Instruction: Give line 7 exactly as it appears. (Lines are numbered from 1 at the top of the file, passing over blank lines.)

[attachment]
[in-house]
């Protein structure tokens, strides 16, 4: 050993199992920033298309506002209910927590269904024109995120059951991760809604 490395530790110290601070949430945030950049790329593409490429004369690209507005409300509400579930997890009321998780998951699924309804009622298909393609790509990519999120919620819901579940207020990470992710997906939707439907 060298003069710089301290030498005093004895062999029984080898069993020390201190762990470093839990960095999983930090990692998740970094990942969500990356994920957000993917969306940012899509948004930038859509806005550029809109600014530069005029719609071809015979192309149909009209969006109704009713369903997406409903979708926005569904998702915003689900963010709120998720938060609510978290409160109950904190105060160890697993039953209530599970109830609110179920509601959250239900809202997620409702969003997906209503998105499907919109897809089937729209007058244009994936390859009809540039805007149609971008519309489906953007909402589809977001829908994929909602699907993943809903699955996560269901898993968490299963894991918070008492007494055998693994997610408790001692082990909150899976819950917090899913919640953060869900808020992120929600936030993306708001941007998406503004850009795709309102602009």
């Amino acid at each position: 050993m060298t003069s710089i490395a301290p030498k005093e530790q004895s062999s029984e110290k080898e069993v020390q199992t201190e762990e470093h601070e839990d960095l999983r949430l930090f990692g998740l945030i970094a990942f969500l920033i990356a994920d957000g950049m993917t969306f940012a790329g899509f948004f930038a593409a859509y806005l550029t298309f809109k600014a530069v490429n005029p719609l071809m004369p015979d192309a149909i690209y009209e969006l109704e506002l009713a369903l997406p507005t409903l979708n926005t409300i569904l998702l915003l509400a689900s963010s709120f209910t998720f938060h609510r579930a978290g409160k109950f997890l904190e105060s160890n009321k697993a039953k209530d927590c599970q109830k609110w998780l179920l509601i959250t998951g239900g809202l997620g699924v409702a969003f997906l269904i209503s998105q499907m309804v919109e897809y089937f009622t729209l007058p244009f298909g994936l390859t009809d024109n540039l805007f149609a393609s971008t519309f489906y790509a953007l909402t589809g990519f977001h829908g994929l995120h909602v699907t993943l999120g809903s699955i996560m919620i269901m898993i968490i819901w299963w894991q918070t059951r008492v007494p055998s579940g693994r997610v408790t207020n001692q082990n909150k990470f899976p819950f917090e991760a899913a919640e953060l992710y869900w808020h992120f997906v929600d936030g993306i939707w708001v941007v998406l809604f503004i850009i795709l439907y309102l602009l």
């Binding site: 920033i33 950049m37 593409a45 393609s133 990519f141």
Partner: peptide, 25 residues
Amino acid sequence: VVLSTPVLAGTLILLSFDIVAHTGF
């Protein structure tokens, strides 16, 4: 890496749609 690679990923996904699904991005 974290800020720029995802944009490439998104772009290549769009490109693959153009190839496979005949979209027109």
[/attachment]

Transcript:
């Protein structure tokens, strides 16, 4: 890496749609 690679990923996904699904991005 974290800020720029995802944009490439998104772009290549769009490109693959153009190839496979005949979209027109």